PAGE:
For most people, if you have a low credit score, it will not prevent you from purchasing a car insurance policy. However, a low score may stop you from getting the policy you want from a particular company. If your credit-based insurance score is extremely low, an insurance company could refuse to offer a policy. That means you will have to look elsewhere as you work on improving your credit score.

Your Credit Score Could Affect Your Policy Rate

The cost of your insurance premium could be affected by your credit score. The higher your credit score is, the lower your payments will almost always be. If your credit score is low and there are several negative items on your report, your insurance premiums will likely be more expensive than policyholders who have good credit.

Statistics from Consumer Reports show that drivers with “good” credit scores paid on average between $68 to $526 more each year for their insurance than those who had “excellent” credit scores. If you are in an accident or receive a traffic violation that causes your premium to go up, having bad credit could contribute to the price hike.

Remember that you have the right to obtain a free copy of your credit report. If your insurer has recently raised your premium due to poor credit history, it’s in your best interest to pull your credit report and look at your record for any mistakes or unfamiliar activity.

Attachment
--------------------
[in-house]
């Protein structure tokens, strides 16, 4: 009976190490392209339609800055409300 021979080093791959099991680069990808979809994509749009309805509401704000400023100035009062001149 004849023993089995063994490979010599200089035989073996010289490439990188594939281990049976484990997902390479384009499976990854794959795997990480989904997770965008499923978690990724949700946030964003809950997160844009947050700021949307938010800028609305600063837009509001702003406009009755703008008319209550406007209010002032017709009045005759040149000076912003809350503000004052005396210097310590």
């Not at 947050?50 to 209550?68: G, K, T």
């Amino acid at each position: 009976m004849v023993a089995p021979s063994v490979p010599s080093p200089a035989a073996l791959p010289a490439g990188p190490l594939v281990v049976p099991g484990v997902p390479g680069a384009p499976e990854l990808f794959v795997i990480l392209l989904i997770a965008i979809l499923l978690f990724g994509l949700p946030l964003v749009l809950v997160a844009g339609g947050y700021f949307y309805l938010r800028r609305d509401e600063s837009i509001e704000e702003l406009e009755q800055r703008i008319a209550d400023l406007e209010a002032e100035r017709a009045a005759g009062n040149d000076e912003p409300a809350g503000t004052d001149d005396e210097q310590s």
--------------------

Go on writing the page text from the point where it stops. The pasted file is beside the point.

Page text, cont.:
If you are currently searching for a better car insurance rate because your credit score has gotten worse or for any other reason, check out Compare.com for a fast and easy process. There, you can obtain quotes from over 60 of the top auto insurance companies to find a new policy that works best for your budget.

In fact, many of the companies Compare.com works with specialize in car insurance for drivers with below-average credit, meaning you could find some big savings by switching from one of the larger carriers.

Do Credit Scores Affect Car Insurance Premiums?

Most car insurance companies will pull your credit report and use your credit score and credit history as just one factor when setting premiums. Keeping your credit score high will benefit your finances in many ways, including keeping your insurance premiums low.

While your credit history can affect your premiums, it is not the only factor insurance companies consider when setting rates. They also look at:

  • Your driving history, which has an even more significant impact on premiums
  • Where you live
  • Your age
  • Gender
  • Marital status
  • The type of vehicle you drive